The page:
CINCINNATI (CN) – Siding with the Washington Post, a Sixth Circuit panel ruled Thursday that the Drug Enforcement Agency cannot file court records about the distribution of prescription opioids under seal.
The appeal filed by the Post and West Virginia-based HD Media was argued last month. They seek access to distribution data collected as part of an ongoing, multidistrict litigation against manufacturers and distributors of prescription opioids.
The underlying multidistrict litigation was filed by over 1,300 public entities against opioid manufacturers, and the Post’s appeal was filed on an interlocutory basis.
The public entities and drug manufacturers stipulated to a protective order shielding data created by the DEA’s Automation of Reports and Consolidated Orders System, or ARCOS, database.
The order required the information to remain confidential, unless it was being used in connection with law enforcement efforts.
U.S. Circuit Judge Eric Clay wrote the Sixth Circuit’s majority opinion issued Thursday, and used the district court’s own language against it when determining whether good cause existed to prevent disclosure of the data.
“In ordering the DEA to disclose the ARCOS data to plaintiffs,” Clay wrote, “the district court specifically held that the DEA did not meet its burden of showing ‘good cause’ not to comply with plaintiffs’ subpoena for the ARCOS data…The district court, comparing the opioid crisis to a plague, even stated that because it is possible to ‘discover how and where the virus grew’ by studying the ARCOS data, disclosure of the ARCOS data ‘is a reasonable step toward defeating the disease.’”
Clay criticized the lower court’s “about-face” regarding the usefulness of the ARCOS data, even though he acknowledged the “different interests at stake” when comparing the plaintiffs in the case to the intervening media companies.
“The district court repeatedly expressed its desire that the underlying litigation settle before proceeding to trial,” the judge wrote. “The court also warned the parties when it was considering a protective order that if the case went to trial, the ARCOS data would likely become public.”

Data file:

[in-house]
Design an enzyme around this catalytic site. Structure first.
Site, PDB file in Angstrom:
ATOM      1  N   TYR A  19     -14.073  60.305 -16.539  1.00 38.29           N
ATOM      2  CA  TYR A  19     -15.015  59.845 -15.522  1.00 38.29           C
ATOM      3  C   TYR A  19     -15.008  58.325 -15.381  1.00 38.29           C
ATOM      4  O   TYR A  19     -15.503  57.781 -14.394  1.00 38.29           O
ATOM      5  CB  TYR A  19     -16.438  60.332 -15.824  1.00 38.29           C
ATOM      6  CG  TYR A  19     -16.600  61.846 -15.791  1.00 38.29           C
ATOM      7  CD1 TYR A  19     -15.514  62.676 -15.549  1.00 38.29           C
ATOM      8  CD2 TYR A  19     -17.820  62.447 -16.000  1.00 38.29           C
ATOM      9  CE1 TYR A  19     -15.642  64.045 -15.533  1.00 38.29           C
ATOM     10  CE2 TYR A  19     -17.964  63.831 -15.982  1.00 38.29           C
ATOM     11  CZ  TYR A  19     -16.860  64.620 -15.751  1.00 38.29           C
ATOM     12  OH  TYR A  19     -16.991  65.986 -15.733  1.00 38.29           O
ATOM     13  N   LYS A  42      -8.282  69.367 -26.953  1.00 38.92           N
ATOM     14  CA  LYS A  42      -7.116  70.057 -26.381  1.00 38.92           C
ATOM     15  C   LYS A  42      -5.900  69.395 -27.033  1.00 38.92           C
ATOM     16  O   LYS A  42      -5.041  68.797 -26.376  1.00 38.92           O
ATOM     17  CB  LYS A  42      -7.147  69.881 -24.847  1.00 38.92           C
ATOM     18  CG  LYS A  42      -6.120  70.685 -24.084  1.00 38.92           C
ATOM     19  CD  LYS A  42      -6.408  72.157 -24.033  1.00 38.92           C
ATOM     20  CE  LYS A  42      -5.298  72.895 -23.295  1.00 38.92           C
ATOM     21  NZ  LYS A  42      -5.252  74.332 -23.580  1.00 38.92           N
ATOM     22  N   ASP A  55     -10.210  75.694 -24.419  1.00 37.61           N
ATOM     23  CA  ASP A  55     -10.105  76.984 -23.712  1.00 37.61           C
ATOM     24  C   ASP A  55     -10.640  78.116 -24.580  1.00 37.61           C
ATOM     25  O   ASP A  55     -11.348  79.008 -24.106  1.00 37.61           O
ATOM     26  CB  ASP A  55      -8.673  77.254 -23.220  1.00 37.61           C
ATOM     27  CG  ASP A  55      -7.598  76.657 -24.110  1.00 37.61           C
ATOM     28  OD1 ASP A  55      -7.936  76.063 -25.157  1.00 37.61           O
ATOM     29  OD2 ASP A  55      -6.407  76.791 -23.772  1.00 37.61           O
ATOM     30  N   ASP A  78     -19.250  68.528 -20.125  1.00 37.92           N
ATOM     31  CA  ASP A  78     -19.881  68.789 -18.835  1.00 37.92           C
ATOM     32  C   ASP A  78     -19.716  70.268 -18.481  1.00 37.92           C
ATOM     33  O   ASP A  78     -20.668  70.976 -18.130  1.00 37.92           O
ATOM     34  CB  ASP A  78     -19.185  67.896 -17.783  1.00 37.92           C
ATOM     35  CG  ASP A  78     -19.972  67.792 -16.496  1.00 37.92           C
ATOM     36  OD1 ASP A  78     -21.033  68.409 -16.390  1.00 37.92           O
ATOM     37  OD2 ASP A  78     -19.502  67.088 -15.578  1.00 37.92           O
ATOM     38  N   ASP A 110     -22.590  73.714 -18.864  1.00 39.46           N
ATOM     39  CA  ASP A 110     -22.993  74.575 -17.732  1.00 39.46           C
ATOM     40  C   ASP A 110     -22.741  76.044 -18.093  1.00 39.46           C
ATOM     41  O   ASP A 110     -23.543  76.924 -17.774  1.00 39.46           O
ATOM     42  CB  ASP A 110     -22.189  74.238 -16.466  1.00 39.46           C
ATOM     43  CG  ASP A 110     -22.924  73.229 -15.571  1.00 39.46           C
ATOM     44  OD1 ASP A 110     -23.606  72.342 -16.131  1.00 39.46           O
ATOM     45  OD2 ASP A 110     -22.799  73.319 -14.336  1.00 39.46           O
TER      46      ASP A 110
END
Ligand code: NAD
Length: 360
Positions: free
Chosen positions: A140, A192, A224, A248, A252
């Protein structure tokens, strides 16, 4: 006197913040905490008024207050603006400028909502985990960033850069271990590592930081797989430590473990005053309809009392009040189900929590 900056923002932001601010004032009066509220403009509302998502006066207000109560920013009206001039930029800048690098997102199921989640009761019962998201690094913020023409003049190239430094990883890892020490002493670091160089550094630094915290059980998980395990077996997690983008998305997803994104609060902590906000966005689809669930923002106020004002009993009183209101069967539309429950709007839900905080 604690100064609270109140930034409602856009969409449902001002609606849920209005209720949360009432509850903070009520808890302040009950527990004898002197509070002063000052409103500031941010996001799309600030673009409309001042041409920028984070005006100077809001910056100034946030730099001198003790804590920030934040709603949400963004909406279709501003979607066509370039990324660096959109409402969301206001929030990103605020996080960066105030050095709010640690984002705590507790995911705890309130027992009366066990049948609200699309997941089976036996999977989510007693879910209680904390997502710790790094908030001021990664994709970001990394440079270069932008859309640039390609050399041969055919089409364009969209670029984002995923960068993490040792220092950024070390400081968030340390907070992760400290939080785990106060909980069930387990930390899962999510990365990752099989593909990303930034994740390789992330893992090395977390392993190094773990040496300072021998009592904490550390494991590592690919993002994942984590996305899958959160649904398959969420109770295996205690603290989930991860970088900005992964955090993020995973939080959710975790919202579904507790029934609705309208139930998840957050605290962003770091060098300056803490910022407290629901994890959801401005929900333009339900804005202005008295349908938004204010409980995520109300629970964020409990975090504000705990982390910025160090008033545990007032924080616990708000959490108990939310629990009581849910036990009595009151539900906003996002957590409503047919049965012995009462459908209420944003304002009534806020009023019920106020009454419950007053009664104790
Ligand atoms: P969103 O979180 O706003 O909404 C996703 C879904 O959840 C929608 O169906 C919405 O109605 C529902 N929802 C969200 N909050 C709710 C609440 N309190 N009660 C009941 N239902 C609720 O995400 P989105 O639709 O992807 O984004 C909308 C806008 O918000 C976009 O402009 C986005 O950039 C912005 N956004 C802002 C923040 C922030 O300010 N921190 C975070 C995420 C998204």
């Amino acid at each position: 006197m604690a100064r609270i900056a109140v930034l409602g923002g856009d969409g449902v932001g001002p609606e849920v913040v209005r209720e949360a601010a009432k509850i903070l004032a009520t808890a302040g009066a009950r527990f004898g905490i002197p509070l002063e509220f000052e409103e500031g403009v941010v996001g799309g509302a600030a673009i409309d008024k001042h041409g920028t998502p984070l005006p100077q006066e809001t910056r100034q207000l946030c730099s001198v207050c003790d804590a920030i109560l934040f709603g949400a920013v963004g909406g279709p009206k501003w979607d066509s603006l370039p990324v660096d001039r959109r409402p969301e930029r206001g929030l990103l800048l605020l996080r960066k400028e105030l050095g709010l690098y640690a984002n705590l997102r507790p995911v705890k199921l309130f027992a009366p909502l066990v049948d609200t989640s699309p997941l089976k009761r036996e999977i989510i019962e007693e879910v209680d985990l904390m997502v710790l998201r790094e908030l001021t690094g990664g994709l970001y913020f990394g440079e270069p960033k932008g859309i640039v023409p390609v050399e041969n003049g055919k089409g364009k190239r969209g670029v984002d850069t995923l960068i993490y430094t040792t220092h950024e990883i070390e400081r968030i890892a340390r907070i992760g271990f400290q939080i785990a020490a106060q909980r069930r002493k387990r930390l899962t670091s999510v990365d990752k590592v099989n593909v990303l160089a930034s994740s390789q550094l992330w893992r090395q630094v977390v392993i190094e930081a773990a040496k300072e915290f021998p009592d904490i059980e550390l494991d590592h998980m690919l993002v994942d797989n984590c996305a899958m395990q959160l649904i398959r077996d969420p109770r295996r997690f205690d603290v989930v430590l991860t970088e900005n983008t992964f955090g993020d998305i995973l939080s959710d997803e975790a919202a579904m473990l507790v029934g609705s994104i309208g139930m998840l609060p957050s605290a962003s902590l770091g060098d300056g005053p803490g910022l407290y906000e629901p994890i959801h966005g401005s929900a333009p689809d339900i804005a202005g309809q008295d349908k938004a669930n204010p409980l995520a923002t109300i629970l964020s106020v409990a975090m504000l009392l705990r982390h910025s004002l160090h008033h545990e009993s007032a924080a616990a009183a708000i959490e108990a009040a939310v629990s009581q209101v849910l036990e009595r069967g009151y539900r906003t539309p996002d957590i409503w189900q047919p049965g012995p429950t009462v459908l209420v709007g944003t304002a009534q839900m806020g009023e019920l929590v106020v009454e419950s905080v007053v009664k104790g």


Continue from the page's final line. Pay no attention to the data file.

He added, “These statements suggest that at least part of the reason for the district court’s about-face on what interests defendants and the DEA have in nondisclosure of the ARCOS data might have been a desire to use the threat of publicly disclosing the data as a bargaining chip in settlement discussions. If this was a motivation for its holding, then the district court abused its discretion by considering an improper factor.”
Clay noted the value of the ARCOS data to the media and public at large, specifically mentioning HD Media’s use of such data in reporting on the opioid crisis that eventually garnered the company’s Charleston Gazette-Mail a Pulitzer Prize.
The government previously argued that disclosure of the ARCOS data could threaten ongoing criminal investigations, but Clay was not convinced.
He cited several statements made by DEA Assistant Administrator John J. Martin, specifically one in which Martin claimed an administrative action involving the revocation of a distributor’s license would be threatened by the release of ARCOS data.
“It is not clear what this statement means or what we are supposed to take from it. Martin does not attempt to explain what the ARCOS data in the action will evidence or the nature of the testimony about the data,” the judge wrote. “Martin’s declaration is simply too vague in its evaluation of the law enforcement interests at issue to demonstrate ‘good cause’ for a blanket, permanent protective order.”
The appeals court gave specific instructions to the district court on remand to “reconsider each pleading filed under seal or with redactions,” and required it to determine which of the documents should remain under seal, if any.
Senior U.S. Circuit Judge Ralph Guy Jr. dissented in part from the majority ruling, and criticized the newspapers for intervening when they could have filed Freedom of Information Act requests to get the ARCOS data.
Guy cited the exhaustive negotiations that led to the protective order as the showing of “good cause” required for the court to authorize the order.
“The district court balanced different interests, under different circumstances, and at different times,” he wrote. “The newspapers are not parties and thus are not entitled to the material. The bar for keeping discovery materials out of their hands is thus considerably lower. In my view, the court did not abuse its discretion in striking those balances.”
U.S. Circuit Judge Richard Griffin joined Clay in the majority.